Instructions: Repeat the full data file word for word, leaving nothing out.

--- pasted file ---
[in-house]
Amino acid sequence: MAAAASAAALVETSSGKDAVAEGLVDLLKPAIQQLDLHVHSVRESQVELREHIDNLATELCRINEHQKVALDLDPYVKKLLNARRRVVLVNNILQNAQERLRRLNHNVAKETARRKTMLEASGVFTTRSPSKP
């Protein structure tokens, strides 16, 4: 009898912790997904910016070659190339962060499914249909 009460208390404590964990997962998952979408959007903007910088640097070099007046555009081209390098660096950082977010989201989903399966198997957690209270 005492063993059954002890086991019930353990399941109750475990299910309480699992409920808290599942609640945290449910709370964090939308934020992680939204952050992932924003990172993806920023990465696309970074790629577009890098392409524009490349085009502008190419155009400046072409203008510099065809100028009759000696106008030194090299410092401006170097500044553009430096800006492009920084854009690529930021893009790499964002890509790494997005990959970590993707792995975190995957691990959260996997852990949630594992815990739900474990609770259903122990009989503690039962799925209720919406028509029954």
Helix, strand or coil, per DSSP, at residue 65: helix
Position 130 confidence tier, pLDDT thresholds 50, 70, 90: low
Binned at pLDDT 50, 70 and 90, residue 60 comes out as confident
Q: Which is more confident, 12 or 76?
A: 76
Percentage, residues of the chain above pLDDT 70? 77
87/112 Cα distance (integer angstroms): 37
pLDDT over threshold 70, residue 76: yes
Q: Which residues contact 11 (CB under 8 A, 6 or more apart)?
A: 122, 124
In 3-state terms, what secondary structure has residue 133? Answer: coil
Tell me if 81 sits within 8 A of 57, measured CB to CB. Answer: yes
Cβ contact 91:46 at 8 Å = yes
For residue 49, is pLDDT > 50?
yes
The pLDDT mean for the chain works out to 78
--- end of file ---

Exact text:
[in-house]
Amino acid sequence: MAAAASAAALVETSSGKDAVAEGLVDLLKPAIQQLDLHVHSVRESQVELREHIDNLATELCRINEHQKVALDLDPYVKKLLNARRRVVLVNNILQNAQERLRRLNHNVAKETARRKTMLEASGVFTTRSPSKP
């Protein structure tokens, strides 16, 4: 009898912790997904910016070659190339962060499914249909 009460208390404590964990997962998952979408959007903007910088640097070099007046555009081209390098660096950082977010989201989903399966198997957690209270 005492063993059954002890086991019930353990399941109750475990299910309480699992409920808290599942609640945290449910709370964090939308934020992680939204952050992932924003990172993806920023990465696309970074790629577009890098392409524009490349085009502008190419155009400046072409203008510099065809100028009759000696106008030194090299410092401006170097500044553009430096800006492009920084854009690529930021893009790499964002890509790494997005990959970590993707792995975190995957691990959260996997852990949630594992815990739900474990609770259903122990009989503690039962799925209720919406028509029954």
Helix, strand or coil, per DSSP, at residue 65: helix
Position 130 confidence tier, pLDDT thresholds 50, 70, 90: low
Binned at pLDDT 50, 70 and 90, residue 60 comes out as confident
Q: Which is more confident, 12 or 76?
A: 76
Percentage, residues of the chain above pLDDT 70? 77
87/112 Cα distance (integer angstroms): 37
pLDDT over threshold 70, residue 76: yes
Q: Which residues contact 11 (CB under 8 A, 6 or more apart)?
A: 122, 124
In 3-state terms, what secondary structure has residue 133? Answer: coil
Tell me if 81 sits within 8 A of 57, measured CB to CB. Answer: yes
Cβ contact 91:46 at 8 Å = yes
For residue 49, is pLDDT > 50?
yes
The pLDDT mean for the chain works out to 78